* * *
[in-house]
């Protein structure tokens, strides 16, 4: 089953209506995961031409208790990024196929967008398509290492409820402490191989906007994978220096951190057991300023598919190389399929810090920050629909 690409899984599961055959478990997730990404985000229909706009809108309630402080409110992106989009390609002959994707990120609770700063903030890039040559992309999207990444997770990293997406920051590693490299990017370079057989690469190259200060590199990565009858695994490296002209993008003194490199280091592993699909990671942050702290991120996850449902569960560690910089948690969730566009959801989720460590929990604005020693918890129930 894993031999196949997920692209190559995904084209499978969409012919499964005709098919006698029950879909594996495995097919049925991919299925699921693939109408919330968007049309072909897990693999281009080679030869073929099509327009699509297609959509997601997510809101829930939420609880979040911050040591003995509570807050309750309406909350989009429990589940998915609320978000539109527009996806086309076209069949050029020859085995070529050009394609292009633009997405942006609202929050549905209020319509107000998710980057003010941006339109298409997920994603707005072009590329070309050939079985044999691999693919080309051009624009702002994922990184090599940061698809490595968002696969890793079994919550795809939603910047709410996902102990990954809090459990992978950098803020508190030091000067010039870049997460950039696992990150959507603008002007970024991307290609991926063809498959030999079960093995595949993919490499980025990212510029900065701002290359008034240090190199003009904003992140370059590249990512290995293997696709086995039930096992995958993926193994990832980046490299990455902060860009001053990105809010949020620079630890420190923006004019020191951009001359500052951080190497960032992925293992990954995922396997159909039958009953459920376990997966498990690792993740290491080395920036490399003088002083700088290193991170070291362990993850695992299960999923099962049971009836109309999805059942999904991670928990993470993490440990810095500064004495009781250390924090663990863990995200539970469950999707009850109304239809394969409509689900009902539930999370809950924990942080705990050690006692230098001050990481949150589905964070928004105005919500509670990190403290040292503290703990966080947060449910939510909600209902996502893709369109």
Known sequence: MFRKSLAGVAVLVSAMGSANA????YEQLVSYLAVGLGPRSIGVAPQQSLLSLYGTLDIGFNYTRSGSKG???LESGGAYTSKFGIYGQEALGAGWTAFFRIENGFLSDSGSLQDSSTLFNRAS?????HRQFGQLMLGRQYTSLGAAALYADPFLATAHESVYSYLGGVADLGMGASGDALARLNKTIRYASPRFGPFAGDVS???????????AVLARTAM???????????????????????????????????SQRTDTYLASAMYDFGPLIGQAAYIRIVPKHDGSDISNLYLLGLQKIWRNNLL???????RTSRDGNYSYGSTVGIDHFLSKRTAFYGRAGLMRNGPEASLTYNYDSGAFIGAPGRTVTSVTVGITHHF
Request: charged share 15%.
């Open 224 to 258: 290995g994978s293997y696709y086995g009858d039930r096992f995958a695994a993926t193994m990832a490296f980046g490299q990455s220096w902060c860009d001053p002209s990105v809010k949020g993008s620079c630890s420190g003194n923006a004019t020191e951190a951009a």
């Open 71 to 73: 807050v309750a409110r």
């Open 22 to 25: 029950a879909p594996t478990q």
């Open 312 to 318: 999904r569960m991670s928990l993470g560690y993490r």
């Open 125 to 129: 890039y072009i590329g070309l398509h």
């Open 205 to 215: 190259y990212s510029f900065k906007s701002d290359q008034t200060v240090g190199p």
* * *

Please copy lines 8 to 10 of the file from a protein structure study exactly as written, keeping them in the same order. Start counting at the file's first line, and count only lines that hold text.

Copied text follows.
């Open 312 to 318: 999904r569960m991670s928990l993470g560690y993490r």
């Open 125 to 129: 890039y072009i590329g070309l398509h």
């Open 205 to 215: 190259y990212s510029f900065k906007s701002d290359q008034t200060v240090g190199p």